38 Stars, Colorado Statehood, Scattered Star Flag
38 star American national parade flag, printed on coarse, glazed cotton. The stars are arranged in columns rather than rows, and the stars count in each column varies. Note how this results in the formation of a secondary pattern, consisting of three consecutive squares of stars. Also note the additional folk quality that results from the stars’ scattered vertical alignment.
The 38th state, Colorado, received its statehood on August 1st, 1876. This was the year of our nation’s centennial of independence from Great Britain. Although 37 was the official star count for the American flag in 1876, flag-making was a competitive venture, and no one wanted to be making 37 star flags when others were making 38’s. It is for this reason that 38 and 13 stars (to represent the original 13 colonies) are the two star counts most often seen at the Centennial International Exposition, the six-month long, World’s Fair event, held in honor of the anniversary, in Philadelphia. The 38 star flag became official in 1877 and was generally used until the addition of the Dakotas in 1889.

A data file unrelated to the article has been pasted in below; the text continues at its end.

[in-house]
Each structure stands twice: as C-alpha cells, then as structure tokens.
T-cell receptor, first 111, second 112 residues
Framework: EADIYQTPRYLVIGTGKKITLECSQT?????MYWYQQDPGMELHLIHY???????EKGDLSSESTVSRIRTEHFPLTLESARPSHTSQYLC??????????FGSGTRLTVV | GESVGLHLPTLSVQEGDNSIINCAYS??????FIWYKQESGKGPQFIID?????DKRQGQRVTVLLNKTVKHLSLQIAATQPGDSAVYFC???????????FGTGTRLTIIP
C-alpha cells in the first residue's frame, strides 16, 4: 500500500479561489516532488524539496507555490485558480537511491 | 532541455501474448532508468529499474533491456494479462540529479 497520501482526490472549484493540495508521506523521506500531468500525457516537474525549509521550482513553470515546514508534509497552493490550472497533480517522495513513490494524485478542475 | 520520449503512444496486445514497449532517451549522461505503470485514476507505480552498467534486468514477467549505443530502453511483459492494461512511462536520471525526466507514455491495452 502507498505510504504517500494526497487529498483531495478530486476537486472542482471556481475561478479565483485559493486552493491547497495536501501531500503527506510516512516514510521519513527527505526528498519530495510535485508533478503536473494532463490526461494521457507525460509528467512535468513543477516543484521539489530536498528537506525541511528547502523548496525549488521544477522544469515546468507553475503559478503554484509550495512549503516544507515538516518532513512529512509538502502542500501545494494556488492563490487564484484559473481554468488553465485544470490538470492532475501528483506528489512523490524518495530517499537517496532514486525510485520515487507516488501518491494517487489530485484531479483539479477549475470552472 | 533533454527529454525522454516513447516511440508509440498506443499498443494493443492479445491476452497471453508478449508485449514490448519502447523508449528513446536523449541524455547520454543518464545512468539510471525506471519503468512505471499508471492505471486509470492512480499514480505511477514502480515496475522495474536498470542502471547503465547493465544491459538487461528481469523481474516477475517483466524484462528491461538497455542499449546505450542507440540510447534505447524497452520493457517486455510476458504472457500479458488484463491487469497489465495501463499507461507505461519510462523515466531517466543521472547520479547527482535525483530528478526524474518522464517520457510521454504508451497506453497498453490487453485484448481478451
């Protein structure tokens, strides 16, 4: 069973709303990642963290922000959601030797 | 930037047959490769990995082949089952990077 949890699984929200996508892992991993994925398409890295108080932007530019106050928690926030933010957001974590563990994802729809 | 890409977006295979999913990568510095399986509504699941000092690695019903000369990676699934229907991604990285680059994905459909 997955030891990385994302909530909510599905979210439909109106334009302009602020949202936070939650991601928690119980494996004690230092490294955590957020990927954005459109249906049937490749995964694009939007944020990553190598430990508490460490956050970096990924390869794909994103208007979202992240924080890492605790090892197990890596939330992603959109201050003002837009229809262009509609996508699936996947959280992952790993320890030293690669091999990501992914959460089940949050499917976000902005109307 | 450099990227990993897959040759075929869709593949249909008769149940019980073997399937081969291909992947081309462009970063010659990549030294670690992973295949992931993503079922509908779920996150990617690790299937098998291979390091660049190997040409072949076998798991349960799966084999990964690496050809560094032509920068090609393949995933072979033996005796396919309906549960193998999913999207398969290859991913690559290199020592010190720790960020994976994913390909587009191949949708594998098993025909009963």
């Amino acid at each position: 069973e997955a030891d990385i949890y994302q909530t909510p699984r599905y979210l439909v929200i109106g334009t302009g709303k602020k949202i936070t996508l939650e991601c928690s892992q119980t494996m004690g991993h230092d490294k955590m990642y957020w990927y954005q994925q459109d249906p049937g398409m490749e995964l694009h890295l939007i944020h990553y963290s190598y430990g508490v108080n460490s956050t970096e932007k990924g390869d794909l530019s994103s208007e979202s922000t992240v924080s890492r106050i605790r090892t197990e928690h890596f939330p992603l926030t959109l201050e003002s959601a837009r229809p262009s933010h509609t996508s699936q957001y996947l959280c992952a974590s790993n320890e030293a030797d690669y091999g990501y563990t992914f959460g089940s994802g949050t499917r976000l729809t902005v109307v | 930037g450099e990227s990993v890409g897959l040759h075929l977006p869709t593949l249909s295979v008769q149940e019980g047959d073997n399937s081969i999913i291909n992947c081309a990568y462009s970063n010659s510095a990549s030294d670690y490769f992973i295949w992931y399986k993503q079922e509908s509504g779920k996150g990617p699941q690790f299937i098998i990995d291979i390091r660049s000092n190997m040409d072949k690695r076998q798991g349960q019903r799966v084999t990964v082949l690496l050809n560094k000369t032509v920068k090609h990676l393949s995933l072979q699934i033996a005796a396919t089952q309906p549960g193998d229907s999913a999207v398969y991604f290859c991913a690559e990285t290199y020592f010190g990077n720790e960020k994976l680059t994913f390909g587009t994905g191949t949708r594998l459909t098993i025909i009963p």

Mounting: The solid walnut frame dates to the period between 1860 and 1880. The flag has been placed in its correct vertical position, with its canton in the upper left. It has been hand-stitched to 100% cotton rag mat. Spacers keep the textile away from the glazing, which is U.V. protective glass.
Condition: There is minor foxing and staining throughout and there are a few very tiny holes, but there are no serious condition issues.